Urinary stasis predisposes these girls to stone formation which may remain asymptomatic or have upper tract sequelae such as ureteric obstruction presenting with renal colic, and renal failure [23].

Urinary retention is mostly an immediate complication of female genital mutilation [24] and can either be a consequence of pain or bladder outlet obstruction from FGM type III. Urethral strictures may occur from damage to the urethra. The urethral meatus may be difficult to locate for catheterisation when this is indicated, consequent to either a very narrow introitus and / or meatal / urethral scarring.

Vesicovaginal fistula (VVF) after childbirth occurs from ischaemic necrosis of the vesicovaginal septum as a consequence of prolonged second stage of labour in women who have suffered FGM type III or any type of FGM – complicated by vulvar synechiae. The association between VVF and FGM remains debated in the absence of good quality evidence, and some studies have found no significant difference in the incidence of VVF in women with and without genital mutilation [25]. The occurrence of obstetric fistulae reflects the lack of access to safe and good quality obstetric care.

As this practice is illegal in many countries where FGM continues to occur, complications are underreported, especially in children. Victims of FGM are also likely to be taken to a healthcare facility for treatment. In some countries, health insurance may not cover such conditions, or the lack of affordability by the individuals concerned adds further barriers to treatment.

Management strategy

The range of urological complications caused by FGM requires specialist knowledge of FGM and its consequences, and a detailed appreciation of the anatomical aspects of reconstruction. The multifaceted psychological and physical issues demand a multidisciplinary approach to the management, with close collaboration between the urologist, gynaecologist, microbiologist, and therapists who specialise in the psychological and emotional aspects of PTSD. An independent interpreter may be required. A careful evaluation aiming to characterise the nature of the injuries enables counselling and treatment planning.

Even in an emergency situation a sensitive approach is essential because cultural influences are strong and FGM may be a taboo issue, in addition to the issues related to psychological and psychosexual effects of FGM. It is important to establish a relationship so that counselling and advice are effective.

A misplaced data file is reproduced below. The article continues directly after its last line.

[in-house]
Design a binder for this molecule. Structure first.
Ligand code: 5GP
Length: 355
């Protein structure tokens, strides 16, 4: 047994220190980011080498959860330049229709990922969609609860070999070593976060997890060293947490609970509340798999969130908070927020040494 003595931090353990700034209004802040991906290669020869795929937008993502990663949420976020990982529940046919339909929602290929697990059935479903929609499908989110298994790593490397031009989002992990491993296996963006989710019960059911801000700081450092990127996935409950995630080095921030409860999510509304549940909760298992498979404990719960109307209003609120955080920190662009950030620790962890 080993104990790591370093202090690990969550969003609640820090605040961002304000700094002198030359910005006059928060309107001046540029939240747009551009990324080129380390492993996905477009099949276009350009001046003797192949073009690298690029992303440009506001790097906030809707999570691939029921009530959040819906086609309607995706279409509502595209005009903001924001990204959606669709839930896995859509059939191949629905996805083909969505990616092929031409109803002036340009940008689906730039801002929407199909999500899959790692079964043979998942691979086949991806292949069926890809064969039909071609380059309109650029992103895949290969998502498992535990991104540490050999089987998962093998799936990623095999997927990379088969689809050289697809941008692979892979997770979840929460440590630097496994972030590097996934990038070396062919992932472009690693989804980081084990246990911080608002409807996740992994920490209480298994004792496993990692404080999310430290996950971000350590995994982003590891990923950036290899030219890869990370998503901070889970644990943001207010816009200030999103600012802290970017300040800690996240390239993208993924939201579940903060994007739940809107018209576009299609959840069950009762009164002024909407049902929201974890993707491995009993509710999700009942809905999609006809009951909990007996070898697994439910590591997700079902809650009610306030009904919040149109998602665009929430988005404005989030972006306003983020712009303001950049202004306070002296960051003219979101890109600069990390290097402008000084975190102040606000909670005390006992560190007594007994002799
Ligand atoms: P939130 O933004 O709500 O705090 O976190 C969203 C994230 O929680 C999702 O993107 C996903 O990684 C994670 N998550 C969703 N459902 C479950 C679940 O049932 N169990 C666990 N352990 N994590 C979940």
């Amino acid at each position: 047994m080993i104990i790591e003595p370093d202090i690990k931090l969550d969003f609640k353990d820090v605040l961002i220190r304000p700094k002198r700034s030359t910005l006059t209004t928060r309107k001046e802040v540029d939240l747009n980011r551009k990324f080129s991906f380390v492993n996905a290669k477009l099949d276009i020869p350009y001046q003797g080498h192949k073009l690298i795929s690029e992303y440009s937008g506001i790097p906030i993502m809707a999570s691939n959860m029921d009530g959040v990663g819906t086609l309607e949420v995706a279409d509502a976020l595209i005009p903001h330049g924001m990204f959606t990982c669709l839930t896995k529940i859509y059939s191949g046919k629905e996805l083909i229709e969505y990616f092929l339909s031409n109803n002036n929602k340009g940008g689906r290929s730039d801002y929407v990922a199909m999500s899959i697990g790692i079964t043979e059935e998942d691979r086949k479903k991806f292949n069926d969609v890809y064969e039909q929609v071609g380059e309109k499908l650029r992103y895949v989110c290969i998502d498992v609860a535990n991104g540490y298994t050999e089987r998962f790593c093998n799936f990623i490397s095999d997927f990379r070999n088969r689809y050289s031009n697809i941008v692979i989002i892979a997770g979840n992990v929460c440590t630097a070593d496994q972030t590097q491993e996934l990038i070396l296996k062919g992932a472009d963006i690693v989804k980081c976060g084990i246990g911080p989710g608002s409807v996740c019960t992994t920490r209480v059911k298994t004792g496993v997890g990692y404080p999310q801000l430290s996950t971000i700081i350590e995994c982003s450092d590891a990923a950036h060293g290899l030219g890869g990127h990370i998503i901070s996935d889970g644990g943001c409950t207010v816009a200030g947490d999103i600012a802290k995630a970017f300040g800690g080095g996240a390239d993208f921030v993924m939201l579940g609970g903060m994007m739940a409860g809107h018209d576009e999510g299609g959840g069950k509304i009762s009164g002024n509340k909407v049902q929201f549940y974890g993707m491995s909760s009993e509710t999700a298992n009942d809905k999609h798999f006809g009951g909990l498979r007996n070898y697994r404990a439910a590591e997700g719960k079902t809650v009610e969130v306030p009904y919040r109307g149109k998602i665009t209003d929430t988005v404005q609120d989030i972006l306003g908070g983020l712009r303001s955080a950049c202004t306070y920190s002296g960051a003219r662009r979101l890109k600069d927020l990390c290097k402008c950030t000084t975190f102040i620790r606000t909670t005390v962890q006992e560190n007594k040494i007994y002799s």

Urinary tract infections are common in women following FGM and may be associated with bladder outflow obstruction from scarring of the introitus and urethra. Every effort should be made to establish a microbiological diagnosis, and investigations should be directed at identification and correction of bladder outlet obstruction. Investigations required may include a post-micturition scan, ultrasound for imaging of the renal tract, followed by targeted investigations such as cystourethroscopy, urethrograms or uroflowmetry.

FGM is commonly associated with long-term infections which include blood borne infections such as HIV and hepatitis B and C, vaginal infections, and chronic genital abscesses. Systematic evaluation with microbiology guidance is important.

Management of urinary retention requiring catheterisation may pose difficulties in the presence of a sealed vulva, such as is frequently encountered in women who have had FGM type III / infibulation. These women may be found to have a small scarred vaginal opening or ‘pin-hole orifice’. In situations where the usual techniques prove impossible, an alternative technique known as the retraction technique has been described [26] which involves exposure of the urethral meatus with a Langenbeck retractor or a Sims speculum placed underneath the FGM scar and upward and outward traction to expose the external urethral meatus. Failing this, emergency defibulation may be required.

Defibulation refers to the surgical reopening of the vulva. This may be required for access to the urethra, or prior to childbirth if not already done prior to intercourse. Also known as Gabbar’s defibulation surgery, this may be performed under local anaesthesia and has been reported to improve urinary symptoms [27]. Defibulation should be scheduled soon after diagnosis to avoid emergency surgery. An alternative is the use of a CO2 laser which has been found to be particularly effective for the commonly encountered epidermal inclusion cyst [10]. There is however little or no data on the urological outcomes of defibulation [28]. Urethral strictures have been successfully managed by the use of clean intermittent self-catheterisation [29].